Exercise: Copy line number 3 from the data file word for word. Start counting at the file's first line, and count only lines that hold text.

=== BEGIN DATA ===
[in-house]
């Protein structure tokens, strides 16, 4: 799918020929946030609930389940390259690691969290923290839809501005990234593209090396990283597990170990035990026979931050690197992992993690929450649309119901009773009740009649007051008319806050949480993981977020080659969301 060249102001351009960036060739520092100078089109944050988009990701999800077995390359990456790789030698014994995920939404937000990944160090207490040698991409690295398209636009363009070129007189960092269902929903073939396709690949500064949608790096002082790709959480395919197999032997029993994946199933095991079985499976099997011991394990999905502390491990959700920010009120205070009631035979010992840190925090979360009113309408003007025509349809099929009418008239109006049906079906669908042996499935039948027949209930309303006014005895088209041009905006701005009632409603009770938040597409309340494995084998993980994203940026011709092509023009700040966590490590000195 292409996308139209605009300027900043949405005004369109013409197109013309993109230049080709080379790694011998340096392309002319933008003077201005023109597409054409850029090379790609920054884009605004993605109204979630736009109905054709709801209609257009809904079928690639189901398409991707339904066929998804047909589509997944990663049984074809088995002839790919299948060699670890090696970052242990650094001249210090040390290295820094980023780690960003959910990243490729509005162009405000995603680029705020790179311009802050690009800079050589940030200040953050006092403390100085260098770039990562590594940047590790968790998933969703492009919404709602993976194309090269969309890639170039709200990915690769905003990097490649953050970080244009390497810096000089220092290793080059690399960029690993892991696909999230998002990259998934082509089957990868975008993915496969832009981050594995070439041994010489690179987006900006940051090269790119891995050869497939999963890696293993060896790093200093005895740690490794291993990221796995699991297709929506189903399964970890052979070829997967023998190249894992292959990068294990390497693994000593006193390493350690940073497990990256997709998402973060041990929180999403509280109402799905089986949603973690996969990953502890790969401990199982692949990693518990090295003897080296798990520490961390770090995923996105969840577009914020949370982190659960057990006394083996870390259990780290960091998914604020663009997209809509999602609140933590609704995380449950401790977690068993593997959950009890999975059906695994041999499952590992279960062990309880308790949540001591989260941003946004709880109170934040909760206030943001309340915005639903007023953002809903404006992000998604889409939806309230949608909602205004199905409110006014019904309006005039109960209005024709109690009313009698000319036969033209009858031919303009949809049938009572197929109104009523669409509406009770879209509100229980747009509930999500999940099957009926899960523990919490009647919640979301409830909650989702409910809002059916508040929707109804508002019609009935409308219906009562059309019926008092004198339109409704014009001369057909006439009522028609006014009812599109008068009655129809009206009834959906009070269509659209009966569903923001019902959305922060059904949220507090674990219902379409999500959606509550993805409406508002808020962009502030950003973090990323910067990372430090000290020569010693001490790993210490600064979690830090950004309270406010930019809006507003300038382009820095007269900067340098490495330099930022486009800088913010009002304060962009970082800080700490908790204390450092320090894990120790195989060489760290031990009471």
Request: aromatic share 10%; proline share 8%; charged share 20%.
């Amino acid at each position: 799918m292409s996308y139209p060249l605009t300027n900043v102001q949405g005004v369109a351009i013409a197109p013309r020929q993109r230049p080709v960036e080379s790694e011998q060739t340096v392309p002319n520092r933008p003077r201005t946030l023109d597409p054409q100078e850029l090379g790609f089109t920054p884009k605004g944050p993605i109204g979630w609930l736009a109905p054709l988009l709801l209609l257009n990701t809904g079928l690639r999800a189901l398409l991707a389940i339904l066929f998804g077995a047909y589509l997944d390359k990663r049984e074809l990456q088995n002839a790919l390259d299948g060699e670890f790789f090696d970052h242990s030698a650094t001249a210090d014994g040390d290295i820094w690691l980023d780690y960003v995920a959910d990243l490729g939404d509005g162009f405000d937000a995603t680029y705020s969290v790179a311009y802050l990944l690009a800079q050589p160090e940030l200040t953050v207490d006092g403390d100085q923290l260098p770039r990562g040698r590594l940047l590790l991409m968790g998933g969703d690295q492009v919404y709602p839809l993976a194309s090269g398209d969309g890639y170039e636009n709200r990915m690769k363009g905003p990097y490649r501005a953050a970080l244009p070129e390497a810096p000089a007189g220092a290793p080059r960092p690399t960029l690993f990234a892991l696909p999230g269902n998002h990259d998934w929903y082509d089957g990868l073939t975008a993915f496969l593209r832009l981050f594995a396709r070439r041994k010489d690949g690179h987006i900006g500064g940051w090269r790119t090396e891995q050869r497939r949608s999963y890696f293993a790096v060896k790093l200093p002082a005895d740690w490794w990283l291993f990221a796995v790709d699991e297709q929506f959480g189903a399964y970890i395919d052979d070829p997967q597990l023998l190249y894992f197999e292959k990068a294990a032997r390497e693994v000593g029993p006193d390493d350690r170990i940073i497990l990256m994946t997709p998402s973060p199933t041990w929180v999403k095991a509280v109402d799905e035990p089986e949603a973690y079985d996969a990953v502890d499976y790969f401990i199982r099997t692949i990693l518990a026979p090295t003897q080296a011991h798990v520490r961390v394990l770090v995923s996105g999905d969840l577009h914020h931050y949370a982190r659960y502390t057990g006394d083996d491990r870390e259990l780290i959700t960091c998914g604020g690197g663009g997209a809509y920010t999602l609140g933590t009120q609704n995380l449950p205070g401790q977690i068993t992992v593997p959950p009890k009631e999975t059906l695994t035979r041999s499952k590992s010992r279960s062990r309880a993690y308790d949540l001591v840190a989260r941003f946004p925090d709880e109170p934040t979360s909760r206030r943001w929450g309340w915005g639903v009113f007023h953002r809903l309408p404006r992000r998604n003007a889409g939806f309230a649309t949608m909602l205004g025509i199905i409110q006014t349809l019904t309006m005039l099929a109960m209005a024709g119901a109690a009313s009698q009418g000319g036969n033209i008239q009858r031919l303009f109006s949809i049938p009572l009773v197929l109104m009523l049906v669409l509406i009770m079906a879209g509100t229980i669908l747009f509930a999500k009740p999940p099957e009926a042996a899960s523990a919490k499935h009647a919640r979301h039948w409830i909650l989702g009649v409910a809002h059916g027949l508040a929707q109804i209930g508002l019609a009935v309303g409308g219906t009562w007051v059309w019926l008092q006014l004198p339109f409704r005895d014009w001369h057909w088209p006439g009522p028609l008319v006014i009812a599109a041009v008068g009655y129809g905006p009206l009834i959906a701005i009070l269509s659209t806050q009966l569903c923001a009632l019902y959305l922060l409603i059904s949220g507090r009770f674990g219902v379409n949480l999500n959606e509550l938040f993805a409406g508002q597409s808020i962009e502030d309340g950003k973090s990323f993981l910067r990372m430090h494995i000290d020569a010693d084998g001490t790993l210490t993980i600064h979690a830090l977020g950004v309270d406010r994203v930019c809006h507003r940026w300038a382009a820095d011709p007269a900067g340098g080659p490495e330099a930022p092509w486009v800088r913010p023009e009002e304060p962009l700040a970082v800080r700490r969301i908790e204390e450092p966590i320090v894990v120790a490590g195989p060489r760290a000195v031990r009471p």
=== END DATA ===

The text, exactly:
Request: aromatic share 10%; proline share 8%; charged share 20%.